NUTS AND BOLTS
First, remember to breathe! You can do this! Legislators pay attention when someone takes time out of their day to attend or testify at a public hearing. They are listening to their constituents and want to know your story.
Let’s deal with the basics first.
Dress professionally when possible. You don’t need a new suit, but casual business attire is appropriate. Always be neat.
It will be a long day. Bring snacks, but be discreet and quiet in the hearing room. Don’t be digging into a bag of crinkly potato chips. Bring a beverage or two. If you are bringing a lunch, it is best to leave the hearing room for that purpose. There is a cafeteria on-site but seating will be limited.
Bring chargers for your phone. Outlets in the Legislative Office Building are limited. External battery chargers are helpful to bring. Turn your phone on to vibrate while in the hearing room.
A map of the Capitol and LOB are here. A map showing parking is here. It is wise to carpool when possible.
Everyone must enter the Legislative Office Building (LOB) from the Hungerford Street (West) side of the building. You will go through a metal detector like at the airport. Build in time for this. No knives are allowed.
TESTIMONY SIGN UP
Testimony sign up usually takes place early in the morning in the LOB lobby. Every committee handles sign-ups differently. Please check alerts and our website for details about specific hearings.
GENERAL INFO The first hour of testimony is reserved for legislators and state officials. Others are allotted 3 minutes to testify. One page of double spaced writing usually fills the 3 minutes. If you are nervous, you can read your testimony. If many others have testified before you, you can summarize your testimony and make sure you state your position: “Please Vote No on Bill No. 123.” If you have been following the testimony of others, you can address issues they have raised that wasn’t included in your testimony. More information about testifying in Connecticut can be found here.
The public hearing may be televised on CT-N. You can visit the site, and watch video archives to get a feel for what a public hearing looks like by clicking here.
Be polite and respectful. If you are there to observe, do not clap or make noises in response to other’s testimony.
TIPS ON WRITING
1. Check for info on whether or not emailed testimony will be sufficient for the Committee hearing the bill. You can find the Committee email on the website. Look under Committees on the main menu bar.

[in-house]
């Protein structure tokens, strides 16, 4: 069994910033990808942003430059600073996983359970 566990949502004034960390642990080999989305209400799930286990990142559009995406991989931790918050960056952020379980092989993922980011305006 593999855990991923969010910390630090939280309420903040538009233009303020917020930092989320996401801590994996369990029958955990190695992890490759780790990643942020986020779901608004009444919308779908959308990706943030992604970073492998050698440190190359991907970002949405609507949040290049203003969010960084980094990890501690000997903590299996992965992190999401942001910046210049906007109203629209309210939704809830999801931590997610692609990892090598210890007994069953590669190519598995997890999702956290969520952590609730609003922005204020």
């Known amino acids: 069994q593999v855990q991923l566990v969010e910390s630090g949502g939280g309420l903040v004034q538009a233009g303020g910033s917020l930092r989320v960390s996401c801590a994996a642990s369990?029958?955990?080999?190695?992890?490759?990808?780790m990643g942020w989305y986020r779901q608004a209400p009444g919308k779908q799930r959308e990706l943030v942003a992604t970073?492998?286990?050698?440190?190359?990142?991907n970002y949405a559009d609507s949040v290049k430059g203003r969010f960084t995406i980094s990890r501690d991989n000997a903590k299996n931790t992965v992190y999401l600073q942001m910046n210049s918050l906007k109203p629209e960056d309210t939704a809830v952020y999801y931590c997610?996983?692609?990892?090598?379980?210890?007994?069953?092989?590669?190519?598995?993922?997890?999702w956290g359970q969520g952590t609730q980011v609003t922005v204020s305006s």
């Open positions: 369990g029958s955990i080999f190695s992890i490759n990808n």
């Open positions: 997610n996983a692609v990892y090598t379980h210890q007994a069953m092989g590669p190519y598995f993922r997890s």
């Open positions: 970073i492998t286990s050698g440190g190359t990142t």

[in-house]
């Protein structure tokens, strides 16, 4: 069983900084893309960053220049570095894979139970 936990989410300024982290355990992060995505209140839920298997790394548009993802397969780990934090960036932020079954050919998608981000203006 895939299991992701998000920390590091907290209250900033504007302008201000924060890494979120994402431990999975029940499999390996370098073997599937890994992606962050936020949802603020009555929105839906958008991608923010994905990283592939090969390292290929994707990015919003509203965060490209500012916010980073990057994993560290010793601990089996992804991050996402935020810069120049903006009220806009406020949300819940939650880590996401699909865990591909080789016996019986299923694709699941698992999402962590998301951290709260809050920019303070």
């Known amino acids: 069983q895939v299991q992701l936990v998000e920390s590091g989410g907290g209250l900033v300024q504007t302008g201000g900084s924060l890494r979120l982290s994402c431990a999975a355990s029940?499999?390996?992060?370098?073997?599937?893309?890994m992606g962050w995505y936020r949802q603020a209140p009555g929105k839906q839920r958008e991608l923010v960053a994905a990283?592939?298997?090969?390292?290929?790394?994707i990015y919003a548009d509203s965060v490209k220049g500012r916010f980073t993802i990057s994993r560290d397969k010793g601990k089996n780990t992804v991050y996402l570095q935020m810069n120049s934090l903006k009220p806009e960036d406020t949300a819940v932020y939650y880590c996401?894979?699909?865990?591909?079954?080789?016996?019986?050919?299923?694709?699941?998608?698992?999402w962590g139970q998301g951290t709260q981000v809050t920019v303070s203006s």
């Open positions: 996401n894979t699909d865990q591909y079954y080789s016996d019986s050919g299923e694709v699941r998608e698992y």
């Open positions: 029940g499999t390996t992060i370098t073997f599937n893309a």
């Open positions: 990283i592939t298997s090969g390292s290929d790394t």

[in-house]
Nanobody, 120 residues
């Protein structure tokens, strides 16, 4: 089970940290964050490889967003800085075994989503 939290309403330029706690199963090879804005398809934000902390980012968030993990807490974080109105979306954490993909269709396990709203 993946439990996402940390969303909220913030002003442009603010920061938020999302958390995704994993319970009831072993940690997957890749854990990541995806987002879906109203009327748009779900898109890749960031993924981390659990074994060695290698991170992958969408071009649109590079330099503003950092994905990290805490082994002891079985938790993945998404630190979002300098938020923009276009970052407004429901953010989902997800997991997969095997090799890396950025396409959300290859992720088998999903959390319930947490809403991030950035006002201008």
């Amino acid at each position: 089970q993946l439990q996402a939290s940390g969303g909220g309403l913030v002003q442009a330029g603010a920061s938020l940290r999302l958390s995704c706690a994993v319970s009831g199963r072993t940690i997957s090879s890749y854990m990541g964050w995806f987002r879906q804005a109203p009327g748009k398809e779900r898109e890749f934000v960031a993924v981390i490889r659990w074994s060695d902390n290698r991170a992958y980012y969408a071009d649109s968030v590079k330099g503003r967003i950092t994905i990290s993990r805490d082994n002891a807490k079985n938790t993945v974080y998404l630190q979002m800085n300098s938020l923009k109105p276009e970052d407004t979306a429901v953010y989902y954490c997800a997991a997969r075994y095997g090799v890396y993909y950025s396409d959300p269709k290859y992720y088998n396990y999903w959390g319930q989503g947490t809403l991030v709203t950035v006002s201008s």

2. Write out your testimony and bring a copy with you so you can be prepared. Check the specific committee for information about whether or not they want hard copies.
3. State your position clearly and early. “I’m Sally Smith and I oppose HB 123.”
4. CRESR OUTLINE:
CONCISE STATEMENT: HB 123 is an unnecessary intrustion into family privacy.
REASON: Regulation is unnecessary and counter-productive.
EXAMPLES: Existing law recognizes the parents as having the right to the training and upbringing of their children. Other laws address any concerns that might exist.
STATISTICS/SOURCES: One study shows no significant impact when regulations are increased. Another state’s audit showed a negative impact of regulation of keeping children safe.
REQUEST: Please vote No on HB 123.
5. SPEAK THEIR LANGUAGE
Clerks and legislators are listening for the Bill Language. They have a limited time to process all of this. Your testimony should use the language of the bill: “HB 123, which is geared to keeping children safe, is ineffective to keep children safe and will instead expose more children to the danger of parental alientation.”
LISTEN to your opponents. What phrases are they using? Look to the wording of the bill and the stated purpose. If they want to close loopholes, respond as to why the bill will not close loopholes, or why there are no real loopholes.
6. THANK THEM AND LET THEM KNOW YOU ARE OPEN FOR QUESTIONS.